• Determine if your data management system(s) have the ability to maintain GUDID information, and communicate UDI or DI information as required (sales orders, purchase orders, labeling, etc.).
  • Determine what changes need to be made to your existing quality system procedures.
  • Will revalidation of electronic records be required in order to comply with 21 CFR Part 11? (Note: Companies or third-parties using HL7 SPL for data submission to GUDID will need to validate the software used for this purpose.)
  • Determine early on what additional resources are needed (FTE or consultants).

This information gathering should be used to create your strategic plan and budget. The plan should include timelines, assignments and identify strategic partners (outside vendors and customers). The plan should address changes required in your Product Lifecycle Management (PLM), Enterprise Resource Planning (ERP) and supply chain systems, labeling/packaging equipment and procedures. It should define the gateway to GUDID submission, and create plans of action for validation and compliance.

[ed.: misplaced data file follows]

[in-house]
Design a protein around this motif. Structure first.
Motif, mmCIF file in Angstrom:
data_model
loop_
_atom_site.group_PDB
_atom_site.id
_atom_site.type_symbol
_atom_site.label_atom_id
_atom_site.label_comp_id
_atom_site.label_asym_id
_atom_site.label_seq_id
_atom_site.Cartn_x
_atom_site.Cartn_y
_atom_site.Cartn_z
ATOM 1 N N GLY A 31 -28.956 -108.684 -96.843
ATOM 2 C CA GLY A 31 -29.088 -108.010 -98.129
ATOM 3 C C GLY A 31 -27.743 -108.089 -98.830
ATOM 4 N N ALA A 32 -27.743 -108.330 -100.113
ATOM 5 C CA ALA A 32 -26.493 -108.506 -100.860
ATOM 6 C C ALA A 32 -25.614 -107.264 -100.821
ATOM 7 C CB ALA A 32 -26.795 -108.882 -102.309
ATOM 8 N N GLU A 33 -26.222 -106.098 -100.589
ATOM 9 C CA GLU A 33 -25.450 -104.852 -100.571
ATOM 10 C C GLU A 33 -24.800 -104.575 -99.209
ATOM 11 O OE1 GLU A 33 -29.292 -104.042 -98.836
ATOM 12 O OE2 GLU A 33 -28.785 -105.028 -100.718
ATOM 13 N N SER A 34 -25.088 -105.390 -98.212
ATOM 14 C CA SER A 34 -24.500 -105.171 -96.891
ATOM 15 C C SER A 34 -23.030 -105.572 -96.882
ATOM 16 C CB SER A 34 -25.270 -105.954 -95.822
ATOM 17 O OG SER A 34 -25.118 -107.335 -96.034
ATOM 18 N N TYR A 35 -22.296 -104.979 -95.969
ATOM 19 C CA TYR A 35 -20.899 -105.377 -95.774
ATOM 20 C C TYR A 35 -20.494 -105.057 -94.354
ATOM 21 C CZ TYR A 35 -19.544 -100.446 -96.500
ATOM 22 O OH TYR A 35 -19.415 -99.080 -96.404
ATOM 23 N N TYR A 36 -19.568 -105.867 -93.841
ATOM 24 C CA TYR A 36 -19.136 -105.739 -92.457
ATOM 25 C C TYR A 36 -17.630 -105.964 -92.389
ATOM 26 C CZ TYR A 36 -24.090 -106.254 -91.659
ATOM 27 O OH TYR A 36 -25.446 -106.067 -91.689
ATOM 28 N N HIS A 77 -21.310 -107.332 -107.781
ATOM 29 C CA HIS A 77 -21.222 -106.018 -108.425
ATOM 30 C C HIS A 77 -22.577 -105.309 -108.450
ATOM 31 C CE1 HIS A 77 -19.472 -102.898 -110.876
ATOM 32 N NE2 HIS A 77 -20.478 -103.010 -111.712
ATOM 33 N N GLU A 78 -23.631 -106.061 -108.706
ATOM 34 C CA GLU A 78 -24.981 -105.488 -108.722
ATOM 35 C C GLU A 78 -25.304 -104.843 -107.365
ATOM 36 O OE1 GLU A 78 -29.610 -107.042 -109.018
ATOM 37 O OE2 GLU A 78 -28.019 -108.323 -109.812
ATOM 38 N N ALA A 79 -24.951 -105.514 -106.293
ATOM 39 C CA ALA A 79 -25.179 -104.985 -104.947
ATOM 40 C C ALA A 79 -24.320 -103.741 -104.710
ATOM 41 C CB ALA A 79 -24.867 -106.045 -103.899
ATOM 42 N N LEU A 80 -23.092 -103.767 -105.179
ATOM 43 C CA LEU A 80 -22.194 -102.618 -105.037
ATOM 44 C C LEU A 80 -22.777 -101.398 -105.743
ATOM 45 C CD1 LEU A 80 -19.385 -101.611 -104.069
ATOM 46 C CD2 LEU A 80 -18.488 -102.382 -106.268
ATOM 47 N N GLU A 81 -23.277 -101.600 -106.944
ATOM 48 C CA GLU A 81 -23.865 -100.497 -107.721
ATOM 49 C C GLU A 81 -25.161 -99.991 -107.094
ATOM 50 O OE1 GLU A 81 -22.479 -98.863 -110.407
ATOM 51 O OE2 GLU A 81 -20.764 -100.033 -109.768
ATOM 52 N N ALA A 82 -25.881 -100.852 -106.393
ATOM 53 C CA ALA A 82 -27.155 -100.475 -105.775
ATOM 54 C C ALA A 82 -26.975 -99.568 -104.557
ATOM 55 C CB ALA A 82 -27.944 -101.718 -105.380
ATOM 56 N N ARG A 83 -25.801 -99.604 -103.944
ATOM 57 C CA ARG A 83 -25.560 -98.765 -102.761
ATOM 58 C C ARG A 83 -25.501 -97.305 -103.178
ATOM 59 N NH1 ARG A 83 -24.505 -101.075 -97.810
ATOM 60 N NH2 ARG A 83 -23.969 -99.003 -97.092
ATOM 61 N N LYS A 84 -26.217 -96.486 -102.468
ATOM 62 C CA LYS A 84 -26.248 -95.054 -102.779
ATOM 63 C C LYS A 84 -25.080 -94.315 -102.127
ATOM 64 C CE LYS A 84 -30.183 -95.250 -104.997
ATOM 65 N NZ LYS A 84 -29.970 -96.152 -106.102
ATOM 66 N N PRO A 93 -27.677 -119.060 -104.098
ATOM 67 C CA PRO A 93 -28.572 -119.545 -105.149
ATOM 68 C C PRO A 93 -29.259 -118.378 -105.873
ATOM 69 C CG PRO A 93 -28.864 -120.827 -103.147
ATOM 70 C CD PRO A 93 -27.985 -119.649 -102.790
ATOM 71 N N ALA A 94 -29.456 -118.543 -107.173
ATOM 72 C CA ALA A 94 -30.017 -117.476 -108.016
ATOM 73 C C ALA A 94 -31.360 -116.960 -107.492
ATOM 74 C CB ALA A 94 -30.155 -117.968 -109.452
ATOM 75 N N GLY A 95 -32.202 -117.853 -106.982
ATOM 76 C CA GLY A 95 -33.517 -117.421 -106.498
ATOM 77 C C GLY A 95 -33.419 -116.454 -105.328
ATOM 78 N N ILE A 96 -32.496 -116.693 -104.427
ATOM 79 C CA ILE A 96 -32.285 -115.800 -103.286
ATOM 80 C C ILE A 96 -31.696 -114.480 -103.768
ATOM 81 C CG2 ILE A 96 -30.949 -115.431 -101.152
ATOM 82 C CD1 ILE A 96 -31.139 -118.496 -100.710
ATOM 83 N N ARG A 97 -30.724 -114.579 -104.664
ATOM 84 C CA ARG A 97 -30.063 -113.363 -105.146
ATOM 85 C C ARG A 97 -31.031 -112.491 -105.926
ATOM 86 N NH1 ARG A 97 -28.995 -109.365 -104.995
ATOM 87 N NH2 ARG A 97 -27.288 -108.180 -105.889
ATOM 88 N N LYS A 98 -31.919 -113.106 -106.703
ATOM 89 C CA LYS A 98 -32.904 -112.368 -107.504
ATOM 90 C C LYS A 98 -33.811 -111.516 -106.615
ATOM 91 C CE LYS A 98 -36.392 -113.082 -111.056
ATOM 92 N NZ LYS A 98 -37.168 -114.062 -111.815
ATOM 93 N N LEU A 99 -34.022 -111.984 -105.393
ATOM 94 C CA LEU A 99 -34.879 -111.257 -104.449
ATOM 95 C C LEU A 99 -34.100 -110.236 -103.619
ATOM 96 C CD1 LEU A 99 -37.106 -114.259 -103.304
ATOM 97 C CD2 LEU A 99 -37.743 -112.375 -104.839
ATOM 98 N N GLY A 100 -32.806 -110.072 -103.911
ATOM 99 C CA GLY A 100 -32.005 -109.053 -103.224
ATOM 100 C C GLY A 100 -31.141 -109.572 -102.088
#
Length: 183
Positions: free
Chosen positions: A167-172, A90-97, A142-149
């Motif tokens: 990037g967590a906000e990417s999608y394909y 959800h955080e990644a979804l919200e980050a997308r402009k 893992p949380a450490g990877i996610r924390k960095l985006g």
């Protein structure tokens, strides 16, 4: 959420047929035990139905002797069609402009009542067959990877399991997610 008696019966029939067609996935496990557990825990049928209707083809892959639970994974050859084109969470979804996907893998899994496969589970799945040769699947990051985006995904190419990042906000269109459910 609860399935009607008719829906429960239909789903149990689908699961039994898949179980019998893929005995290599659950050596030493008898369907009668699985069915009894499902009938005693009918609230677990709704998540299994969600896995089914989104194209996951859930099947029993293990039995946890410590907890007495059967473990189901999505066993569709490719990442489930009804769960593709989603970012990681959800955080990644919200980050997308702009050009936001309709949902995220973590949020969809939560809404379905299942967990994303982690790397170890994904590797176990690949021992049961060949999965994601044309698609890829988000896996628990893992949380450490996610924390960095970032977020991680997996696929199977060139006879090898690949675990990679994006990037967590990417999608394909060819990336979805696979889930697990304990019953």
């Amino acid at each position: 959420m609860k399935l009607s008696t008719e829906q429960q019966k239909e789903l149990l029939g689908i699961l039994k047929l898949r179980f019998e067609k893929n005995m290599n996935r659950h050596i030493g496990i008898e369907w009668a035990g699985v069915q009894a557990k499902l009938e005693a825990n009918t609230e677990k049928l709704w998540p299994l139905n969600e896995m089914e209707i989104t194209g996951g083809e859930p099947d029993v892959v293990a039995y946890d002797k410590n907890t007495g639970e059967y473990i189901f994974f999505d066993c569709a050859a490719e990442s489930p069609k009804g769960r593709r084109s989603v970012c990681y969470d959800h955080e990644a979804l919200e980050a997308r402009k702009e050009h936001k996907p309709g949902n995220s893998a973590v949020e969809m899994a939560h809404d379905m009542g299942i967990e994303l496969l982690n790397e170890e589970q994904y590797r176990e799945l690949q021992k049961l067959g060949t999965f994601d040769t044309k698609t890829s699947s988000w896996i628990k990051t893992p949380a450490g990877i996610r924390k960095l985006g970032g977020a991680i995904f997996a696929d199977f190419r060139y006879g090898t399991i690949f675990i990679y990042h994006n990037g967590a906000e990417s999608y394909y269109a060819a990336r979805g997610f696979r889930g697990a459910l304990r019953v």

In my next blog post, I will discuss implementation and ongoing maintenance.

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UDI Costs: Long-Term Expenditures May Not Be Obvious

jon money UDI Costs: Long Term Expenditures May Not Be Obvious Our author says to expect UDI costs to be as much as 1%+ of annual sales. Ongoing costs and post market surveillance factors are also discussed. This new regulation is not without its costs. Some costs are significant–especially to small medical device labelers. There are the obvious implementation costs and ongoing maintenance. There are also “Post-market Surveillance Factors,” which may be a cost or benefit, but Post-Market Surveillance Factors certainly have long-term implications for your company.